33 - Diving Deeper into Memoryدوره: Coursera – Learning How to Learn / درس 33
33 - Diving Deeper into Memory
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In this video and the next, we’re going to
deepen our understanding of memory.
As you’re probably beginning to
understand, memory is only part
of learning and developing expertise but
it’s often an important part.
It may surprise you to learn that we have
outstanding visual and
spacial memory systems that can help form
part of our long-term memory.
Here’s what I mean.
If you were asked to look around a house
you never visited before, you’d soon have
of the general furniture layout and where
were, color scheme, the pharmaceuticals in
the bathroom cupboard.
In just a few minutes, your mind would
acquire and retain thousands of new pieces
Even weeks later, you’d still hold far
more in your mind than
if you’d spent the same amount of time
staring at a blank wall.
Your mind is built to retain this kind of
general information about a place.
You can greatly enhance your ability to
you tap into these naturally super-sized,
visual, spacial memorization abilities.
Our ancestors never needed a vast memory
for names or numbers
but they did need a memory for how to get
from the three day deer hunt, or for the
location of those
plump blueberries on the rocky slopes to
the South of the camp.
These evolutionary needs helped lock in a
“where things are” and “how they look” memory
To begin tapping into your visual memory
system try making a
very memorable visual image representing
one key item you want to remember.
For example, here’s an image you could use
to remember Newton’s second law.
F is equal to ma.
This is a fundamental relationship
relating force to mass and acceleration.
And it only took humans, oh, a couple of
hundred thousand years to figure out.
The letter f in the formula could stand
for flying, m
could stand for mule, and a, well that’s
up to you.
Part of the reason an image is so
important to memory
is that images connect directly to your
right brain’s visual spacial centers.
The image helps you encapsulate a
seemingly humdrum and hard to remember
concept by tapping into visual areas with
enhanced memory abilities.
The more neural hooks you can build by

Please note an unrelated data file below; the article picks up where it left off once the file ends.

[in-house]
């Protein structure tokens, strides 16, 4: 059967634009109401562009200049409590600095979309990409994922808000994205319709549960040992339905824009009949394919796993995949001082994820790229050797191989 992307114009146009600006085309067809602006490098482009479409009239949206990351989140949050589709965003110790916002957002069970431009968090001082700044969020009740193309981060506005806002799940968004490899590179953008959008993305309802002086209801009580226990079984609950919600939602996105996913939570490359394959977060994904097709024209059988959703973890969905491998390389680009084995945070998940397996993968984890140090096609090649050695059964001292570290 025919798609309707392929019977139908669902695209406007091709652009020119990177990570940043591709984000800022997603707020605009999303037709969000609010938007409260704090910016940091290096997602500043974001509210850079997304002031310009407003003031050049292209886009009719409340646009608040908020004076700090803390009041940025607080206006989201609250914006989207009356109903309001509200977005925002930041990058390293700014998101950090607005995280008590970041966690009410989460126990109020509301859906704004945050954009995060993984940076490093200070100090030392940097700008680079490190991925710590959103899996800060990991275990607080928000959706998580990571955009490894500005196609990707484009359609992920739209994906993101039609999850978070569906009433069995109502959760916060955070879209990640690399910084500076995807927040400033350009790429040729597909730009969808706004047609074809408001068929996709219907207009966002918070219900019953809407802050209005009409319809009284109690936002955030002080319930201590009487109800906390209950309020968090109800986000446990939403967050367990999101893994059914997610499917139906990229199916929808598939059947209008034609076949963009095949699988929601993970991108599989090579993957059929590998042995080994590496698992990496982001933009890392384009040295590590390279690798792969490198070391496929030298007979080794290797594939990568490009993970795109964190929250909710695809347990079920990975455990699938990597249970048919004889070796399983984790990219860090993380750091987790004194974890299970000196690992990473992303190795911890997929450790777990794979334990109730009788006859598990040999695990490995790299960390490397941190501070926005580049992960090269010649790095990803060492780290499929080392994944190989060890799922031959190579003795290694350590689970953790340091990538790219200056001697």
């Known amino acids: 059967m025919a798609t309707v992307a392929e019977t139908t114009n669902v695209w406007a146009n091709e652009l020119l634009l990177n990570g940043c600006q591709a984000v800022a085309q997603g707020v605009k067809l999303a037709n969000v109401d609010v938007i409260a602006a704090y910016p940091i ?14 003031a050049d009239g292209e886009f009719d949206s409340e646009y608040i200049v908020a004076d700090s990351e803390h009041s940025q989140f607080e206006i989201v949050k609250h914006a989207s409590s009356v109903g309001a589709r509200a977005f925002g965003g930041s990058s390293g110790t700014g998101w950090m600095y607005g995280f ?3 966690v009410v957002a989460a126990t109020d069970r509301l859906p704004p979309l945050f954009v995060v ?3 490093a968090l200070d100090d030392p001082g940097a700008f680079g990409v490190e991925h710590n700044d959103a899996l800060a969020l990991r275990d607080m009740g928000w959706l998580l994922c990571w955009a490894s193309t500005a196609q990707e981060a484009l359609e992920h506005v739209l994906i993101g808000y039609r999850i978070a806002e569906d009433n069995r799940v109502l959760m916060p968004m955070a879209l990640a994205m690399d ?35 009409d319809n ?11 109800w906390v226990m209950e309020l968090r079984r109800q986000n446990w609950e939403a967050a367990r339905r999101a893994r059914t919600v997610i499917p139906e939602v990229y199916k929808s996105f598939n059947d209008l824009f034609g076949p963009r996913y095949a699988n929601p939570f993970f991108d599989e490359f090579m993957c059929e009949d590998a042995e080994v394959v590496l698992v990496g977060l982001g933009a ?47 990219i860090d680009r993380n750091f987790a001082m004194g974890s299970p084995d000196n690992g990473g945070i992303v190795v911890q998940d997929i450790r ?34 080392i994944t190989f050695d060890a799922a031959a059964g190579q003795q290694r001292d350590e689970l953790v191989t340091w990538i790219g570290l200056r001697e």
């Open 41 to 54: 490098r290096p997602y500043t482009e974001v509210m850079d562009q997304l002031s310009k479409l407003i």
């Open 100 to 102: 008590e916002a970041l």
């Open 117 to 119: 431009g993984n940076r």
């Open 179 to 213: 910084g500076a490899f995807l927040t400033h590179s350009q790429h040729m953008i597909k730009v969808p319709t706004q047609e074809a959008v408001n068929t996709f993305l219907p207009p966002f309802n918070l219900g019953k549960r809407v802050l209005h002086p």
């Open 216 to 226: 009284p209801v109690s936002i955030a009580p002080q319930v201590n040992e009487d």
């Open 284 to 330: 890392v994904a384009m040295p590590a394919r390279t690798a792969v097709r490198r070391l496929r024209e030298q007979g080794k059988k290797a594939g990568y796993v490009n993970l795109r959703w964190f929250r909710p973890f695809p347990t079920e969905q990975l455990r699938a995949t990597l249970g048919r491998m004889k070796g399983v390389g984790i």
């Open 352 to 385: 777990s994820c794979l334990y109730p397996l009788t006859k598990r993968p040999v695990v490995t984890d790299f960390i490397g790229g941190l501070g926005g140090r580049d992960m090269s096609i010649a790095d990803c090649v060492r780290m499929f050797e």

evoking the senses, the easier
it will be for you to recall the concept
and what it means.
Beyond merely seeing the mule, you can
smell the mule,
you can feel the same windy pressure the
mule is feeling.
[SOUND] You can even, hear the wind
The funnier and more evocative the images,
Focusing your attention brings something
your temporary working memory, but for
something to move from working memory to
long term memory two things should happen.
The idea should be memorable.
There’s a gigantic flying mule braying f
is equal to ma on my couch.
And it must be repeated.
Otherwise remember your tiny metabolic
vampires, they can suck away
the neural pattern related to that memory
before it can strengthen and solidify.
Even when you make something memorable,
get that memorable item firmly lodged into
Remember to repeat not a bunch of times
in one day but sporadically over several
Index cards can often be helpful.
Writing and saying what you’re trying to
learn seems to enhance retention.
For example, if you’re trying to learn
concepts in physics you
might take an index card and write the
greek letter rho.
That’s a common abbreviation for density.
You’d write it on one side and you’d write
the remaining information on the other.
Handwriting helps you to more deeply
encode, that is
convert into neural memory structures what
you are trying to learn.
While you’re writing out the kilograms per
meter you might imagine a shadowy kilogram
that mass lurking in an oversize piece of
that happens to be one meter on each side.
The more you can turn what you’re trying
into something memorable, the easier it
will be to recall.
You’ll want to say the word and its
aloud to start setting auditory hooks to
Next, just look at the side of the card
with the Greek letter rho on
it, and see whether you can remember
what’s on the other side of the card.
If you can’t, flip it over and remind
yourself what you’re supposed to know.
If you can remember, put the card away.
Now, do something else.
Perhaps prepare another card and test
yourself on it.
Once you have several cards together, try
running through them all
and even mixing them around to see if you
can remember them.
This helps interleave your learning.
Don’t be surprised if you struggle a bit.
Once you’ve given your cards a good try,
put them away.
Wait and take them out again, maybe before
you go to sleep.
Remember that sleep is when your
mind repeats patterns and pieces together
Briefly repeat what you want to remember
over several days.
Perhaps for a few minutes each morning or
Gradually extend the time between the
as the material firms itself into your
By increasing your spacing as you become
of mastery, you’ll lock the material more
firmly into place.
Great flash card systems like Anki have
algorithms that repeat in scale ranging
from days to months.
Interestingly, one of the best ways to
remember people’s names, is to simply try
retrieve the people’s names from memory at
increasing time intervals, after first
learning the name.
I’m Barbara Oakley.
Thanks for learning, about learning.
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